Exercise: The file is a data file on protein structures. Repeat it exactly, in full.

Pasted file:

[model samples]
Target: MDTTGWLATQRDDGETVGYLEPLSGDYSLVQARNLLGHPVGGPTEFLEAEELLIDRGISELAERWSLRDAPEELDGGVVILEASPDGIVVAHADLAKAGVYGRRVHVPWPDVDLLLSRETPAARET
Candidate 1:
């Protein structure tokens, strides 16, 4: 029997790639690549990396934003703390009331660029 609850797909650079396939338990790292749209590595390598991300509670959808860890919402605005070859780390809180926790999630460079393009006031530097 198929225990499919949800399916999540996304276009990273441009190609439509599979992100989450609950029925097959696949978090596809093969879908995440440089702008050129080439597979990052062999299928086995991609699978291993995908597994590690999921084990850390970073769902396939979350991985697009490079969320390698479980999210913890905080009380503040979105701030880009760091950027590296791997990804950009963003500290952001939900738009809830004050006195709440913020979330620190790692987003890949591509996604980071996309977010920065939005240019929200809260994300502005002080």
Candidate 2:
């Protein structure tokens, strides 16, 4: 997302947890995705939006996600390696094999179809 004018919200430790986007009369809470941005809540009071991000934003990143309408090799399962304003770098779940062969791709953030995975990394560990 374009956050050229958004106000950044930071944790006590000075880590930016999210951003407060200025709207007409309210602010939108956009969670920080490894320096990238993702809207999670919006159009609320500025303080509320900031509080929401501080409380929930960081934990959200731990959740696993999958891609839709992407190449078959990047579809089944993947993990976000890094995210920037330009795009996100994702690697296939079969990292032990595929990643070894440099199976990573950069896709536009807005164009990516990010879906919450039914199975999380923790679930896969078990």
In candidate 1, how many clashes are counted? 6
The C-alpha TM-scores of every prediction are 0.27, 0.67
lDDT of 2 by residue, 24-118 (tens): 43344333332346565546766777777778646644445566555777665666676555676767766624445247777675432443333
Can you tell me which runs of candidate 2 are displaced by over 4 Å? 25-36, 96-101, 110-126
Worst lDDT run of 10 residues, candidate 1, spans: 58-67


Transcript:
[model samples]
Target: MDTTGWLATQRDDGETVGYLEPLSGDYSLVQARNLLGHPVGGPTEFLEAEELLIDRGISELAERWSLRDAPEELDGGVVILEASPDGIVVAHADLAKAGVYGRRVHVPWPDVDLLLSRETPAARET
Candidate 1:
């Protein structure tokens, strides 16, 4: 029997790639690549990396934003703390009331660029 609850797909650079396939338990790292749209590595390598991300509670959808860890919402605005070859780390809180926790999630460079393009006031530097 198929225990499919949800399916999540996304276009990273441009190609439509599979992100989450609950029925097959696949978090596809093969879908995440440089702008050129080439597979990052062999299928086995991609699978291993995908597994590690999921084990850390970073769902396939979350991985697009490079969320390698479980999210913890905080009380503040979105701030880009760091950027590296791997990804950009963003500290952001939900738009809830004050006195709440913020979330620190790692987003890949591509996604980071996309977010920065939005240019929200809260994300502005002080």
Candidate 2:
């Protein structure tokens, strides 16, 4: 997302947890995705939006996600390696094999179809 004018919200430790986007009369809470941005809540009071991000934003990143309408090799399962304003770098779940062969791709953030995975990394560990 374009956050050229958004106000950044930071944790006590000075880590930016999210951003407060200025709207007409309210602010939108956009969670920080490894320096990238993702809207999670919006159009609320500025303080509320900031509080929401501080409380929930960081934990959200731990959740696993999958891609839709992407190449078959990047579809089944993947993990976000890094995210920037330009795009996100994702690697296939079969990292032990595929990643070894440099199976990573950069896709536009807005164009990516990010879906919450039914199975999380923790679930896969078990």
In candidate 1, how many clashes are counted? 6
The C-alpha TM-scores of every prediction are 0.27, 0.67
lDDT of 2 by residue, 24-118 (tens): 43344333332346565546766777777778646644445566555777665666676555676767766624445247777675432443333
Can you tell me which runs of candidate 2 are displaced by over 4 Å? 25-36, 96-101, 110-126
Worst lDDT run of 10 residues, candidate 1, spans: 58-67